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Old 12-04-2015, 06:58 PM   #1
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Need electrical assistance

I'm putting together a solar/inverter system for my 2012 Arctic Fox 22H. We like to utilize the BLM/Forrestry campsites that don't have hookups. I also winter camp at 12,000+ altitudes when hunting in November.

I previously had a truck camper that I installed a 240 watts solar system, 300 watt Morningstar inverter, wired up two 110 outlets and 2 X SAMs Club golf cart batteries. My truck camper setup worked well even when running the furnace. My current draw consisted of running the TV/DVD setup for a few hours, charging phones, running LED lights, the furnace in 5 degree temps and a heated mattress pad. After 12 hours, my batteries would be at 70% (using 30-40 amps) and fully charged after 2-3 hours.

I prefer not to use a generator and realize that I won't be running the AC and possibly the microwave off of the batteries.

Now to put together a setup for the 22H. My initial thoughts are to increase the 6 volt batteries from 2 to 4. This is because I have concerns about the batteries being outside on the frame and when winter camping the cold will reduce their effectiveness. My camper is insulated well with double pane windows but I will also be heating a larger space than before. This will give me 440 amps with 220 being usable.

I'm wanting to install two 150 watt solar panels for a total of 300 watts. This should help with the charge to the additional batteries. My controller will be a Morningstar Sunsaver DUO with a remote panel. This is a 25 amp controller and will easily handle my panels.

So far my inverter choice is a Xantrex Pro SW 1000 watt with a remote panel switch. This will be mounted 3-4 feet on the front inside wall of the camper. I want to be able to use my 600 watt coffee maker so I need an increase in wattage.

Now with all of that mentioned, I would like to wire the inverter into the circuit to power my existing 110 outlets. These outlets are on two 15 amp breakers in my panel. Here is the wiring diagram that Northwood set me.



I will have to try into both GP breakers to accomplish this. My question is what is the best way for me to do this?

Will this bypass the converter so that it isn't powered when using the inverter?

I will ensure the fridge is set for gas mode when using battery power.

I've already swapped all bulbs to LED too. I appreciate your assistance!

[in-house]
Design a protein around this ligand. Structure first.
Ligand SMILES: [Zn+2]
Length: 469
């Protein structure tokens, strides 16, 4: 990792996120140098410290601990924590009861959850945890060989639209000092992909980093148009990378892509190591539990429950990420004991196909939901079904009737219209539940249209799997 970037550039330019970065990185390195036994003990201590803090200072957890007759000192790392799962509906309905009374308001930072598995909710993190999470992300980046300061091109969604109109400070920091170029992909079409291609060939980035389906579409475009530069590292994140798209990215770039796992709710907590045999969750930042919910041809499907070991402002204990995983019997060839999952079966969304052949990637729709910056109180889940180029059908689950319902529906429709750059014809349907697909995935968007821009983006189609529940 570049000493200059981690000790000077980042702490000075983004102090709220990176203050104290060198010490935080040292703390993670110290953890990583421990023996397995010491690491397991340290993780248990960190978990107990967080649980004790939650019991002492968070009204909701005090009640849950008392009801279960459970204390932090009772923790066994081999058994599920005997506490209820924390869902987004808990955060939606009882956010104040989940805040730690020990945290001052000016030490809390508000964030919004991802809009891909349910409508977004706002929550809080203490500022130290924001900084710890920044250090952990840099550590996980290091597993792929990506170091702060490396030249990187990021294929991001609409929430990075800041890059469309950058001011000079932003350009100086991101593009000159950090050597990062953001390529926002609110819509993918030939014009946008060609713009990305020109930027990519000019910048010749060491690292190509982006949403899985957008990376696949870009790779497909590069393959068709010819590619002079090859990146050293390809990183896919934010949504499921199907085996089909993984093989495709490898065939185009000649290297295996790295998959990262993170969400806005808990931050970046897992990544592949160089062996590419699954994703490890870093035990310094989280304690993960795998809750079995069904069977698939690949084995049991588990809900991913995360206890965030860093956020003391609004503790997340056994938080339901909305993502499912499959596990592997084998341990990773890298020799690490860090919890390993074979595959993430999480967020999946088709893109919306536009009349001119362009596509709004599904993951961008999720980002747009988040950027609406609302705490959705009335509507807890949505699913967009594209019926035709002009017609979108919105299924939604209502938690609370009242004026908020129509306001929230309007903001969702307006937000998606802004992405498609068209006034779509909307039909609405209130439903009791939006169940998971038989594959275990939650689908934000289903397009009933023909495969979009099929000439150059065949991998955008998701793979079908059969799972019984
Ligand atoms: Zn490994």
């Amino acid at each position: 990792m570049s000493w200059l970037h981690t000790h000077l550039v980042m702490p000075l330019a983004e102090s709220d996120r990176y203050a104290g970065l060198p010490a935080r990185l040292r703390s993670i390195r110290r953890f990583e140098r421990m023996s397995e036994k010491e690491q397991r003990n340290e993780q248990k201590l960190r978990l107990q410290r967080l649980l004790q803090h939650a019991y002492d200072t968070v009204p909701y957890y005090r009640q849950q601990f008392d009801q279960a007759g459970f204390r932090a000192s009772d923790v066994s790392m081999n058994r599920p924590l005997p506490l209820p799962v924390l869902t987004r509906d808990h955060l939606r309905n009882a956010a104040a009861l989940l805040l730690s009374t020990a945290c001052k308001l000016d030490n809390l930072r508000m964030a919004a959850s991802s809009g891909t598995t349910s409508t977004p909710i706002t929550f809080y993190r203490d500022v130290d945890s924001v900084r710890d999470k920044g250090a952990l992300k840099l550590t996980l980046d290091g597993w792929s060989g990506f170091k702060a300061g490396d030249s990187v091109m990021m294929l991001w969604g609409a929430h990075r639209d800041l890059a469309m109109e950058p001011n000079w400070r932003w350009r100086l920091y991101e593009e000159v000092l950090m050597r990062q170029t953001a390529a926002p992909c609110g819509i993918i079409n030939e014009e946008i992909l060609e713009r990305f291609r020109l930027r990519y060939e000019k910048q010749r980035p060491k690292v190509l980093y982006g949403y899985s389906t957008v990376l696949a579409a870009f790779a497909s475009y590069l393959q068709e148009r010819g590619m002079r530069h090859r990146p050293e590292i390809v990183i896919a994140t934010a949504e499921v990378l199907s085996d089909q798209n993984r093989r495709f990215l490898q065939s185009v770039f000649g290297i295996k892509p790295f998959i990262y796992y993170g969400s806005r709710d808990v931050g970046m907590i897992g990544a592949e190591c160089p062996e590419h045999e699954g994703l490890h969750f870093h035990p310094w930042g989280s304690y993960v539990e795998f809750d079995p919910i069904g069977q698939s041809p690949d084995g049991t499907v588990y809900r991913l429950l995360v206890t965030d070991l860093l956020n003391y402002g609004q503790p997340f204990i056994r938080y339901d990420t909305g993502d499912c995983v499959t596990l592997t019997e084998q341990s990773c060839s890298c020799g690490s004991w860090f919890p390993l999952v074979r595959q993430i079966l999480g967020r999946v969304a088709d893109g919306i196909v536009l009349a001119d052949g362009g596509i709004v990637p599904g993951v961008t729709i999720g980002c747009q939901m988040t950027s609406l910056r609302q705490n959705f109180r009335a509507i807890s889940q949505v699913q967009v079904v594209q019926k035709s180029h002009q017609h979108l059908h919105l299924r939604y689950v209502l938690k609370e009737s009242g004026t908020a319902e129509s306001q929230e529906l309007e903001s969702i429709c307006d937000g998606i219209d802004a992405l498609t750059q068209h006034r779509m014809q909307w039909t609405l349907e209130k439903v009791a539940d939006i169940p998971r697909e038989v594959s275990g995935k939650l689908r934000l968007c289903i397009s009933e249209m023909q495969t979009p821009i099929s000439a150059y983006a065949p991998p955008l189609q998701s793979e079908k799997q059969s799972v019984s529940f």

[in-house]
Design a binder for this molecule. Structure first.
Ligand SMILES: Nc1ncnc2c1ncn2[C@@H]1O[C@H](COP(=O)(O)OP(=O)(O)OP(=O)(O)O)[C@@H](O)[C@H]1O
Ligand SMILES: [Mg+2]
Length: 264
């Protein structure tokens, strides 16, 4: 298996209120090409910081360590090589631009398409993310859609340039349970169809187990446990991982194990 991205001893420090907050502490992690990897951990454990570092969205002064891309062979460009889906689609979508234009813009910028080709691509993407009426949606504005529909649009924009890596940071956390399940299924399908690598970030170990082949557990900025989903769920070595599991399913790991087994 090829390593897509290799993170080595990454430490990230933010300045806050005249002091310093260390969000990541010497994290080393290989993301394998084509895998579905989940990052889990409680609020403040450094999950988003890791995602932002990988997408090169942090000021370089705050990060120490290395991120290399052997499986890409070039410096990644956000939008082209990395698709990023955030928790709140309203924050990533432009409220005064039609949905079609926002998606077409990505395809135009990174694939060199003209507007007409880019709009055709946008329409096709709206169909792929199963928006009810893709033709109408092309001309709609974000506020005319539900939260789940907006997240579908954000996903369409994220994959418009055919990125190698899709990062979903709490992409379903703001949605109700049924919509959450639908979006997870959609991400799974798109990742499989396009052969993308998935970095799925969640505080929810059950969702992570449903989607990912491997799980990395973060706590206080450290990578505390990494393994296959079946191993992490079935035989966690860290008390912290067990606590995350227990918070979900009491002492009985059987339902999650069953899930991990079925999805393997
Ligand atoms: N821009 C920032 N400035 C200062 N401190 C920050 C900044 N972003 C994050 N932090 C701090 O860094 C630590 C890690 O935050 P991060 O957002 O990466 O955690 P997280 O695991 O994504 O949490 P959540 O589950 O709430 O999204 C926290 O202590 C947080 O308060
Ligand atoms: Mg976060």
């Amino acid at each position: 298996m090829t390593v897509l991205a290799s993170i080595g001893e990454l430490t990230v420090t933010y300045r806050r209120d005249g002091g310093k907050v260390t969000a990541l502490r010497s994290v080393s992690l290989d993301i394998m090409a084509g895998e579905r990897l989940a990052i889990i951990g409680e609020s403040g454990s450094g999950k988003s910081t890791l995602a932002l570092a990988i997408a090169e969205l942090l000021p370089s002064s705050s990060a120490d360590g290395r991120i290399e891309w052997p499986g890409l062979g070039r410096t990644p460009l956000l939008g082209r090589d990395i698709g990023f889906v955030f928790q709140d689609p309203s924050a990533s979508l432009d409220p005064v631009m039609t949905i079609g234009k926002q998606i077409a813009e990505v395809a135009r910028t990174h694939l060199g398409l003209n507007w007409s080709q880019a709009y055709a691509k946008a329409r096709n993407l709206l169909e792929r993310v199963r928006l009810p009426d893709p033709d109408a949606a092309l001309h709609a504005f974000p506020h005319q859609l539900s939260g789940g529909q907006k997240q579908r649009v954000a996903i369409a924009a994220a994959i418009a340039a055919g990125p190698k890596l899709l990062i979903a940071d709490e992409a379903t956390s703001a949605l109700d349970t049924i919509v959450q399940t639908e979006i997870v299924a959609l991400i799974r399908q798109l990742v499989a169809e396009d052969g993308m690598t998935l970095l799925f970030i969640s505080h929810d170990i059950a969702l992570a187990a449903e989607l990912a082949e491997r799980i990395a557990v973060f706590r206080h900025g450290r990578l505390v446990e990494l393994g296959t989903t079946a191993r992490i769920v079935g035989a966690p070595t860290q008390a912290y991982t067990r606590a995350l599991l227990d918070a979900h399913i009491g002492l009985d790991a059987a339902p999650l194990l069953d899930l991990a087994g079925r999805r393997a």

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Old 12-05-2015, 07:07 AM   #2
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The present converter/charger is not identified in that diagram, and nothing you have described eliminates the 120v power to it when the inverter is on. You need to make sure the inverter is not trying to power the converter/charger when active. You also need to make sure the inverter can NEVER be on when you are also plugged to shore power, cause Bad Things Will Happen if it is. A simple transfer switch is the easiest way to do that, shifting the 120v source for GP1 & GP2 from the existing shore power source to the inverter. A standard double pole, double throw manual switch will do that, or you can buy a auto transfer switch device.

So, where does the converter/charger gets is power? If it is either the GP1 or GP2 circuits above, you will have to add a switch to disable it. If it is some other circuit, you could just switch that breaker off.
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Old 12-05-2015, 07:50 AM   #3
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Solar controller: you need a bit more excess capacity. Ideally 20% more than the max current from the panels. Also, given that you'll be winter camping the sun will be lower thus tillable panel mounts and an mppt controller will make a big difference.

Inverter:get an inverter with an auto transfer switch. It can then be installed after the 120v circuit breaker. Some draw a lot of current at idle, read the spec sheet carefully. Just for coffee it will be a big expense and power draw. Have you tried a French press? Coleman used to make a drip coffee maker that works on a propane stove.

You should have a very comfy hunting camp!
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Old 12-05-2015, 11:03 AM   #4
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Quote:
Originally Posted by Gary RVRoamer View Post
The present converter/charger is not identified in that diagram, and nothing you have described eliminates the 120v power to it when the inverter is on. You need to make sure the inverter is not trying to power the converter/charger when active. You also need to make sure the inverter can NEVER be on when you are also plugged to shore power, cause Bad Things Will Happen if it is. A simple transfer switch is the easiest way to do that, shifting the 120v source for GP1 & GP2 from the existing shore power source to the inverter. A standard double pole, double throw manual switch will do that, or you can buy a auto transfer switch device.

So, where does the converter/charger gets is power? If it is either the GP1 or GP2 circuits above, you will have to add a switch to disable it. If it is some other circuit, you could just switch that breaker off.
Gary, I'm going to do some searching for it today. It isn't near the breaker panel and I'm guessing it is under the stove utilizing outlet 509 displayed in the diagram. If it's there, could I wire the converter plug to a switch to bypass it?